Turkey is by far the leader in the number of prisoners in Europe, according to the 2022 Council of Europe (CoE) Annual Penal Statistics on Prison Populations report published on Monday, accounting for more than a third of all prisoners in CoE member states.
The report, better known as SPACE I, is based on data from January 2022.
According to the report, the lifting of COVID-19 restrictions has contributed to a resurgence in prison populations across Europe.
As of January 31, 2022 the total number of inmates in European jails was 981,575, with Turkey accounting for 330,945 of them. Following Turkey on the list were England and Wales with 79,092 inmates, Poland with 71,874, France with 69,964, Germany with 56,294 and Italy with 54,372.
One of the most alarming findings in the report is the substantial growth of Turkey’s prison population rate. Between 2005 and 2022, Turkey witnessed a surge of 369 percent in its prison population, surpassing all other European countries in terms of the rate of increase. Albania followed with a 61 percent surge, while Serbia and Greece experienced increases of 49 percent and 35 percent, respectively. Conversely, Estonia, Latvia and the Netherlands saw significant decreases in their prison populations during the same period.
When analyzing the data proportionally to the population, Turkey again stood out, topping the ranking with 355 prisoners per 100,000 inhabitants. Georgia, Azerbaijan, Hungary, Lithuania, Poland, Slovakia, Albania, Czech Republic and Latvia closely followed Turkey in this regard.
The report also provides insight into the changing dynamics of prison populations across Europe. It reveals that between January 2021 and January 2022, the median prison population increased by 2.3 percent in European countries with a population exceeding 1 million. Notable increases were observed in Slovenia (23 percent), Finland (15 percent), France (15 percent), Northern Ireland (13 percent), Montenegro (12 percent), Croatia (10 percent), Turkey (9.2 percent) and Sweden (8.2 percent). Conversely, Bulgaria, Estonia and Germany experienced decreases in their prison populations during this period.
The issue of prison density is another concern addressed in the report. European countries witnessed a 4.8 percent increase in prison density from 87.4 to 91.6 prisoners per 100 places between January 2021 and January 2022.
The countries with the most severe overcrowding are Romania (124 inmates per 100 places), Cyprus (118), France (115), Belgium (115), Turkey (113), Greece (108), and Italy (107). Croatia (103) and Slovenia (102) report slight overcrowding. Austria, Sweden, and Hungary are operating at full capacity with 100, 99.7, and 99.5 inmates per 100 available places, respectively.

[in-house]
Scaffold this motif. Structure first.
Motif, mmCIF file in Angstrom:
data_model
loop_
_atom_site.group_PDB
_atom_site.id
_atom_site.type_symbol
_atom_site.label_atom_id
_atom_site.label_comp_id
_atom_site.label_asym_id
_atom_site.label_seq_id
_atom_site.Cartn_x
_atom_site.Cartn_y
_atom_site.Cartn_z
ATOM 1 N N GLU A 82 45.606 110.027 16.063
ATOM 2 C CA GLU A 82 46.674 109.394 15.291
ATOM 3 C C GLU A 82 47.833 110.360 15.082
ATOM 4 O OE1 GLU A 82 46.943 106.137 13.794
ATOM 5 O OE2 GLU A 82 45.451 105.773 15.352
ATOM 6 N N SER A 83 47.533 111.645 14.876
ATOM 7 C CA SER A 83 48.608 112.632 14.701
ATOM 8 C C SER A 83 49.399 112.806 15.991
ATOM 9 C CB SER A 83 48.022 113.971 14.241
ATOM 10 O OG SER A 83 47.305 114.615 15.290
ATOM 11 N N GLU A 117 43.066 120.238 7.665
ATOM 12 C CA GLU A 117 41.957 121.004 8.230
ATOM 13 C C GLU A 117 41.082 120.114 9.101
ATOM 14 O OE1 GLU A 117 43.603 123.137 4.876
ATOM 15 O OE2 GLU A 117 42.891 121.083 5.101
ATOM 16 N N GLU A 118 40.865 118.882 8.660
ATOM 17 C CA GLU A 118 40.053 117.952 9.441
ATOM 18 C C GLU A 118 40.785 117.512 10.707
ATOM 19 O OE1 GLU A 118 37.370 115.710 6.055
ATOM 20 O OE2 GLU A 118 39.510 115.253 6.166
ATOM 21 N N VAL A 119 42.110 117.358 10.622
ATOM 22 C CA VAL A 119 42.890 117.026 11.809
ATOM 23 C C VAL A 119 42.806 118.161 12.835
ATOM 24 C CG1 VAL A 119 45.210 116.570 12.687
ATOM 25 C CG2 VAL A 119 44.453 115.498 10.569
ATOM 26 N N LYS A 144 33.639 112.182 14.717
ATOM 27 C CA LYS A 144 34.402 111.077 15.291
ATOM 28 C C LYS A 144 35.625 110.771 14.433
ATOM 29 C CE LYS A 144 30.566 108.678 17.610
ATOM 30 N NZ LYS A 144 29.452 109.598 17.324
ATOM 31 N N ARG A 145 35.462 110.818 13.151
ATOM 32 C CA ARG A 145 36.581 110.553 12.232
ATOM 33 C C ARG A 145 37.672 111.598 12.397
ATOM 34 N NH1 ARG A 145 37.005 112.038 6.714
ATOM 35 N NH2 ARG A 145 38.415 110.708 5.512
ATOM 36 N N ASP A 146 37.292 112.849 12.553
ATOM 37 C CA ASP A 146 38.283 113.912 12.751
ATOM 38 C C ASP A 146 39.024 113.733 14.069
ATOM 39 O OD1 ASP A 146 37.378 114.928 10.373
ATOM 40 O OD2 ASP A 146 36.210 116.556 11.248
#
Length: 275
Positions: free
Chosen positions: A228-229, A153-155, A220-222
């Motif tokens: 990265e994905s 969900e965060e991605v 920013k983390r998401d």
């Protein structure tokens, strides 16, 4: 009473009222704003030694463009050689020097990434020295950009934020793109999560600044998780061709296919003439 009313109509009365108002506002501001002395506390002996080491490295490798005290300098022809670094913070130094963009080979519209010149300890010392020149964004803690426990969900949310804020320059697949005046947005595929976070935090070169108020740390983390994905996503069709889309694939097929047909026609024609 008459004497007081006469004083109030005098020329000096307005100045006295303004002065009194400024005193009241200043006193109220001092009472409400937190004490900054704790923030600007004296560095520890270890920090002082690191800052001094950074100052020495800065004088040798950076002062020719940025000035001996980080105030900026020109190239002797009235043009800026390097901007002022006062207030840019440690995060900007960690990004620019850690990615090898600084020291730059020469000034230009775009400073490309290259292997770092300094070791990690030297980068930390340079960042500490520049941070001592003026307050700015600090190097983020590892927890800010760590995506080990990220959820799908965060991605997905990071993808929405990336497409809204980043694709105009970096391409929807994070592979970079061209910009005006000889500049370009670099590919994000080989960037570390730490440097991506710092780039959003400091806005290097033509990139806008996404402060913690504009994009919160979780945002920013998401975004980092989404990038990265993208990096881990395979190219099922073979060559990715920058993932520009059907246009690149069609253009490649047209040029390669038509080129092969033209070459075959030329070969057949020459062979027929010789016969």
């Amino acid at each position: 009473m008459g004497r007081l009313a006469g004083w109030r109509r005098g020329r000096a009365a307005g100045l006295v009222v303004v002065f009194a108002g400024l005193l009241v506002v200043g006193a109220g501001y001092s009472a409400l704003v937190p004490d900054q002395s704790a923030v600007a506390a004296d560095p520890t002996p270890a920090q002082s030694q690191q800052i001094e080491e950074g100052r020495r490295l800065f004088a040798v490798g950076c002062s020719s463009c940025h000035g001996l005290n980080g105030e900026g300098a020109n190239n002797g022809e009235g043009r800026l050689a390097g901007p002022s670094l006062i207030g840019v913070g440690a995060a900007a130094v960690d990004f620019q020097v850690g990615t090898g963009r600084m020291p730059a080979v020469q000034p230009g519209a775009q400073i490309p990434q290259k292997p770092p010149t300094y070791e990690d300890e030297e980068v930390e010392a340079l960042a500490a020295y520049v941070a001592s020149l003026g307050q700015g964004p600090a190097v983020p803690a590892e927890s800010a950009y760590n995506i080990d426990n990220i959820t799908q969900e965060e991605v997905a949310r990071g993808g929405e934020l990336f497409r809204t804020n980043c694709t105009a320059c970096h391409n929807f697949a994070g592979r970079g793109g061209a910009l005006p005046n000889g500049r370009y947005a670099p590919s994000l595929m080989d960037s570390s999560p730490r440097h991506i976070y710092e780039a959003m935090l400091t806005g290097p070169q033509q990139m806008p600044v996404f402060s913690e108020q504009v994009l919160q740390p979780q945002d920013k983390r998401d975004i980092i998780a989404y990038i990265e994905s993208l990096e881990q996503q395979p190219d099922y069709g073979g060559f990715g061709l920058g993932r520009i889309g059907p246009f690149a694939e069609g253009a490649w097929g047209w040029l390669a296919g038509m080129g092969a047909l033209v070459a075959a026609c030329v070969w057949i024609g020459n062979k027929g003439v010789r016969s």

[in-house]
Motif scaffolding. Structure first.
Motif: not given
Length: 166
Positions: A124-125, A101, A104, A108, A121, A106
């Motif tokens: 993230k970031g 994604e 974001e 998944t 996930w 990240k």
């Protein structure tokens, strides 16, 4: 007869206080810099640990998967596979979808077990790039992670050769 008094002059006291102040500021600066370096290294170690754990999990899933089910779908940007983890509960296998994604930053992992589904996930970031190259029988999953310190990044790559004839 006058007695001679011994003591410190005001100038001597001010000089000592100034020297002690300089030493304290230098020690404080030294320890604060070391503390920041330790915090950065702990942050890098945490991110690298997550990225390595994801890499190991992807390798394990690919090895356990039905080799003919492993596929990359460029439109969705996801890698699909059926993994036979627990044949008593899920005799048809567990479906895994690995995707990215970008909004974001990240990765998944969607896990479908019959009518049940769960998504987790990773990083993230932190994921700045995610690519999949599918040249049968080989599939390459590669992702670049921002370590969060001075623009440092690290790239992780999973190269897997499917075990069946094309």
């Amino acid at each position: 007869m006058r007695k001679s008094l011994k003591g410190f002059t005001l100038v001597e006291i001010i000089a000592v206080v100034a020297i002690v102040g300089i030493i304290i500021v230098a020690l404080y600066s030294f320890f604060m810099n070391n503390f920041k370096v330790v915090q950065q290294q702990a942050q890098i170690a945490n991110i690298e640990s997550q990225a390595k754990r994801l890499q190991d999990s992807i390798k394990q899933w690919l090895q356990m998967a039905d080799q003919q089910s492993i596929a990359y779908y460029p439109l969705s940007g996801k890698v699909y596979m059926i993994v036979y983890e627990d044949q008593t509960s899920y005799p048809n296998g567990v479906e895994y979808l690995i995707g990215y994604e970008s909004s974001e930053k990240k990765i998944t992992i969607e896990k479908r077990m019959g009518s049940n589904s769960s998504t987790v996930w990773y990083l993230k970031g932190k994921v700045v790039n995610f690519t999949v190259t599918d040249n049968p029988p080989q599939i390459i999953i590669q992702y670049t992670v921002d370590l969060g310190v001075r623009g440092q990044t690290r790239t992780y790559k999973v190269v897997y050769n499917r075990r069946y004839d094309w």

Gender disparities were also apparent in the report, with women accounting for only 5 percent of the prison population in Europe. Monaco, Andorra, Cyprus, Malta, Latvia, the Czech Republic, Hungary and Slovakia were identified as countries with the highest percentage of female prisoners. In Turkey, women constituted 3.9 percent of the prison population.
The report further highlighted that foreign nationals make up 16 percent of the prison population in Europe. Switzerland, Greece, Cyprus, Austria, Belgium, Estonia, Italy, Spain, Germany and France had the highest proportions of foreign prisoners among countries with populations exceeding 1 million.
The data provided valuable insights into the offenses for which individuals were incarcerated in European penal institutions. Drug-related offenses accounted for the highest proportion at 19 percent, followed by theft (15 percent), murder or attempted murder (14 percent), robbery (10.8 percent), assault and battery (10.3 percent), non-rape sexual offenses (6 percent), rape (5 percent), traffic offenses (4.6 percent) and economic and financial crimes (3.9 percent).
Ten European countries had more than 25 percent of their prisoners serving sentences for drug-related offenses, with Belgium topping the list at 51 percent. Latvia, Azerbaijan, Turkey, Italy, Malta, Albania, Denmark, Iceland and Serbia followed closely behind.
It should be noted that the exclusion of the Russian Federation from the Council of Europe has affected the data collection and trend analyses of the report since March 2022. To maintain consistency, Russia was excluded from the longitudinal analyses presented in the SPACE I report.
Turkey’s Justice and Development Party (AKP) government has allocated 8.7 billion lira for the construction of 36 new prisons in the next four years, which will significantly increase Turkey’s already high incarceration rate. The number of Turkish penal institutions will increase to 419 this year with the opening of 20 new prisons. There were 399 prisons in the country as of January 2023.